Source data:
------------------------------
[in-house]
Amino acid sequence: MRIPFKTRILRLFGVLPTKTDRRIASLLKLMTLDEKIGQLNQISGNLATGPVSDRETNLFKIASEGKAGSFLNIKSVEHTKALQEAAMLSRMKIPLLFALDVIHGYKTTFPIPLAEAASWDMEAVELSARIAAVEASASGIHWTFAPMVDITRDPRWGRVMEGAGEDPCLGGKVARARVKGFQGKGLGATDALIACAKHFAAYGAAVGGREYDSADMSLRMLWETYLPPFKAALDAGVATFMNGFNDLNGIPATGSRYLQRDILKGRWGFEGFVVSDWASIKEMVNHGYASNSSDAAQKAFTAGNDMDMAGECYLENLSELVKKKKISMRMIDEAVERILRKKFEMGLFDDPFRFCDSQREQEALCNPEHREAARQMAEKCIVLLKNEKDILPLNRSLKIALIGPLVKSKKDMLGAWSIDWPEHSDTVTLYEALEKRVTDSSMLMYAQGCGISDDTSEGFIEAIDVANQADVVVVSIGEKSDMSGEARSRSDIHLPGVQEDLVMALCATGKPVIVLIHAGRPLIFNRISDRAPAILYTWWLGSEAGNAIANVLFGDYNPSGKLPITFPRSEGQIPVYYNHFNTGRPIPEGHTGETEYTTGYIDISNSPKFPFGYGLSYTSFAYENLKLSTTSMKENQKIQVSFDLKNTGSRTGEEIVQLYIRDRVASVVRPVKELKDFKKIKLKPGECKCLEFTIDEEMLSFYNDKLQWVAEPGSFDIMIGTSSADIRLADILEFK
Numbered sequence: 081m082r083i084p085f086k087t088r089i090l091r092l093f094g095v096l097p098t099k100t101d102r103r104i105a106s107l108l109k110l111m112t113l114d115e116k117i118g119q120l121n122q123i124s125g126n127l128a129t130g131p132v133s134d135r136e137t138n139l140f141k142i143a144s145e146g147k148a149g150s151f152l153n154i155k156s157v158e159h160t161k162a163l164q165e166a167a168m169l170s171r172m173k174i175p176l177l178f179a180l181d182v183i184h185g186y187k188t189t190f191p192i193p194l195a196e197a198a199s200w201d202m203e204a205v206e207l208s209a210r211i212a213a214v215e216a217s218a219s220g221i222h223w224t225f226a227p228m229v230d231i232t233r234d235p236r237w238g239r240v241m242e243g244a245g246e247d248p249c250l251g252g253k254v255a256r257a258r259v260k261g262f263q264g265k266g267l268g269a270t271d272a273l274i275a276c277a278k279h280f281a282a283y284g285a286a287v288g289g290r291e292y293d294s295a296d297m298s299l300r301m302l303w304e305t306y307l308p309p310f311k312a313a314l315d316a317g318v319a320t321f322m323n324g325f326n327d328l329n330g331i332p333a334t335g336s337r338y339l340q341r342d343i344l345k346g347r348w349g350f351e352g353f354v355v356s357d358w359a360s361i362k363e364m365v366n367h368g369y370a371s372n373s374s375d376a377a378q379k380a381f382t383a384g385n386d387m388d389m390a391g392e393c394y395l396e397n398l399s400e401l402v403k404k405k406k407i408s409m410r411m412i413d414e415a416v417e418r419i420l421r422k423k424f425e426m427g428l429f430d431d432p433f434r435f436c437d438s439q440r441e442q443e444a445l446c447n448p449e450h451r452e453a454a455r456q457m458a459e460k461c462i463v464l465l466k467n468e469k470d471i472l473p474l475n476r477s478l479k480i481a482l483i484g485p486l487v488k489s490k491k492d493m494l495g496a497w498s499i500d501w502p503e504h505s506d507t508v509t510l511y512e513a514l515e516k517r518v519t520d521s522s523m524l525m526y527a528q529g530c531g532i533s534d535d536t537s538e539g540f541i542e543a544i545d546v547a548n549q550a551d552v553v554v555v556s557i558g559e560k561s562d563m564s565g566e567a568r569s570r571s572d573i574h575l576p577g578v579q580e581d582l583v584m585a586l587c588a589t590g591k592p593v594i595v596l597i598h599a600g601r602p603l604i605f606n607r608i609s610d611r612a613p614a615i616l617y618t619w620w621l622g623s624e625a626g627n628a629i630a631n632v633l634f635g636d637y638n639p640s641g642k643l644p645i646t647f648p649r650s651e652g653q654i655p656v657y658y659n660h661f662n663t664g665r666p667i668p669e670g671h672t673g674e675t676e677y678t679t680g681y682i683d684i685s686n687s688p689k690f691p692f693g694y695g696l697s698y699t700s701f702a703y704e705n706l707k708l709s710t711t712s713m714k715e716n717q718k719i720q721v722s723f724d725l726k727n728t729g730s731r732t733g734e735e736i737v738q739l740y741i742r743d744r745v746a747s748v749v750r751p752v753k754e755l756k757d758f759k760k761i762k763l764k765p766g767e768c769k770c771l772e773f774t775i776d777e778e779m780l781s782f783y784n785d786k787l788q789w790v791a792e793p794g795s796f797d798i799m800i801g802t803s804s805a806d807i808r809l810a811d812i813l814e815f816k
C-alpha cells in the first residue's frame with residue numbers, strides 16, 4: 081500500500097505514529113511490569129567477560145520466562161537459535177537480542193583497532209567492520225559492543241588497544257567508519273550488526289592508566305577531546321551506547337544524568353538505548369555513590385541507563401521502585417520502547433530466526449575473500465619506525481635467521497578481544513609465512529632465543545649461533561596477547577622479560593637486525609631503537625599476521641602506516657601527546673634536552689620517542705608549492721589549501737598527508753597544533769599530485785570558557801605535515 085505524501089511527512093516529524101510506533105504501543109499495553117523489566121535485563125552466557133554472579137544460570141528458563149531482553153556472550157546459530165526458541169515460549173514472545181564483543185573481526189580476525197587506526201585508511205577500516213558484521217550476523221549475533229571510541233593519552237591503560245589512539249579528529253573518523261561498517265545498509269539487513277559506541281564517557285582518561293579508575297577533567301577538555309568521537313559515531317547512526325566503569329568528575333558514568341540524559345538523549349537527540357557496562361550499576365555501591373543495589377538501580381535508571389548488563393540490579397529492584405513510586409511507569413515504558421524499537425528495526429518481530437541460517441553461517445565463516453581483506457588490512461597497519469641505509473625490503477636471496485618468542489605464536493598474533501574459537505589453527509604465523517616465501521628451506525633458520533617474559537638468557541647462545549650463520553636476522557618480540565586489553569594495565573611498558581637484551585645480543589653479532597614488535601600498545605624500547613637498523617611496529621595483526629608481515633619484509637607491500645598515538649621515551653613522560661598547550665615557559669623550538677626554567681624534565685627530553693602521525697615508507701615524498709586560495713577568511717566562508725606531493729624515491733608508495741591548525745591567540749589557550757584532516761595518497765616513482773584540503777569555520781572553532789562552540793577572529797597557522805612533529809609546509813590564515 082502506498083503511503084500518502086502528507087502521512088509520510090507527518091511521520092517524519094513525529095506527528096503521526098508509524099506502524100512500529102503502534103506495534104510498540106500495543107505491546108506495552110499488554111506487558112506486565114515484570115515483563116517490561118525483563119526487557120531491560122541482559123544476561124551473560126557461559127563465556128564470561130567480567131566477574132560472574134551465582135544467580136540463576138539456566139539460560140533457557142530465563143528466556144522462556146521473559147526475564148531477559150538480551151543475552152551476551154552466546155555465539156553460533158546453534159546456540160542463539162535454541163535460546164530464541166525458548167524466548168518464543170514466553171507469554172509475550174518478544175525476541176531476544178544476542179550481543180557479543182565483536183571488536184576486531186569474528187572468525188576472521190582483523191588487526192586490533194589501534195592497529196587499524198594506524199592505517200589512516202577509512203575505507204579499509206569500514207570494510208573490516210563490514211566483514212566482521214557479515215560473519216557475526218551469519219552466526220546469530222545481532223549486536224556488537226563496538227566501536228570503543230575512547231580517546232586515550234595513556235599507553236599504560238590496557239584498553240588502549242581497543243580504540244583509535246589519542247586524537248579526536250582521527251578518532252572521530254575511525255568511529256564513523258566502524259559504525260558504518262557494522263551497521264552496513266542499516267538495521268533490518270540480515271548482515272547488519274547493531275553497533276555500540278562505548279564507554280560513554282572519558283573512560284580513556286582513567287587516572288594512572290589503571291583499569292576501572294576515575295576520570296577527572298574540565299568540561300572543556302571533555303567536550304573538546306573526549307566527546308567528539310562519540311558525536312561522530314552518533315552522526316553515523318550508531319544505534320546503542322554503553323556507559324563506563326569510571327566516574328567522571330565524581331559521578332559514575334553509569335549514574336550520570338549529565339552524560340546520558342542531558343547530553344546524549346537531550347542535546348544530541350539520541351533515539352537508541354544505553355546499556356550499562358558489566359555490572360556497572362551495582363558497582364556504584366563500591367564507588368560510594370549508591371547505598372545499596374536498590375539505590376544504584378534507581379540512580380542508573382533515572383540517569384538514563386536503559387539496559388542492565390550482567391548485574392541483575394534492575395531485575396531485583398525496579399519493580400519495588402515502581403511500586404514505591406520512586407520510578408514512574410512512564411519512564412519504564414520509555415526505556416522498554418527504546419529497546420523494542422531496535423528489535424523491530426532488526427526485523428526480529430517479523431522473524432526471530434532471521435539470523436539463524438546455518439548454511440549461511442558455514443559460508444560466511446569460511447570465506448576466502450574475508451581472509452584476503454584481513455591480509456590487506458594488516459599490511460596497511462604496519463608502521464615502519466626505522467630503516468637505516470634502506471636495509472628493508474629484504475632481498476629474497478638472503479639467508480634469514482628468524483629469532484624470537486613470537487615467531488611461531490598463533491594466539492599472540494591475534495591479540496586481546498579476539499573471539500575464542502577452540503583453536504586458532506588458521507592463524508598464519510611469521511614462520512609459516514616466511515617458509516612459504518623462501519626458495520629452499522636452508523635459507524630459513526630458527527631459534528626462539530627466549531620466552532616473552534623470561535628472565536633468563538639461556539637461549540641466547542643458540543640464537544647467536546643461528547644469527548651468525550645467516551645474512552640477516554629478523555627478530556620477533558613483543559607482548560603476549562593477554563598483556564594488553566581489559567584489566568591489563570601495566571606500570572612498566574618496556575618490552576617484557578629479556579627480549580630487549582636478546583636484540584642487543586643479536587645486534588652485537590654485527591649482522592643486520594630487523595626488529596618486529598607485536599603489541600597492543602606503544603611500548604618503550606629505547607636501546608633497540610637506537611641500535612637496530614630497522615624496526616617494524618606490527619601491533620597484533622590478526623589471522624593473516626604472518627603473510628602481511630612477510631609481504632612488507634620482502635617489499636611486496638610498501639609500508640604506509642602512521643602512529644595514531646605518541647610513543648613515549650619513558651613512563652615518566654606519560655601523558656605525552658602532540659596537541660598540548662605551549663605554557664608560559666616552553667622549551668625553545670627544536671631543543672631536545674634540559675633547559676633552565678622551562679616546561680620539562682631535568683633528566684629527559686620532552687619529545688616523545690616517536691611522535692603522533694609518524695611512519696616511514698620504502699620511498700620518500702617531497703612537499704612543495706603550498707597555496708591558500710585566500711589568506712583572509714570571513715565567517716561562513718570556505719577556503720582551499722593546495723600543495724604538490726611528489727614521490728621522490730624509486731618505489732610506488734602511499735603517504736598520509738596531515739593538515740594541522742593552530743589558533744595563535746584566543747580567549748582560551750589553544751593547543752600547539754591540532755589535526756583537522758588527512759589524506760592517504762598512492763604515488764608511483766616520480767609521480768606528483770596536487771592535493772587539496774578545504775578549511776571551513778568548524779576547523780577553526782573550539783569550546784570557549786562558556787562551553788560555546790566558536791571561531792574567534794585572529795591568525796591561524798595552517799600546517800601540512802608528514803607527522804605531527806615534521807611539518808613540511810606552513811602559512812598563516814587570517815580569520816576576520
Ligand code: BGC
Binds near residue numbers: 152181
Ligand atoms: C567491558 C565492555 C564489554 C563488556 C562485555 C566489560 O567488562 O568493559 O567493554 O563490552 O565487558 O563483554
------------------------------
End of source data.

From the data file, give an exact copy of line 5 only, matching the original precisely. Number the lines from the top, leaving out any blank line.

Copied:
Ligand code: BGC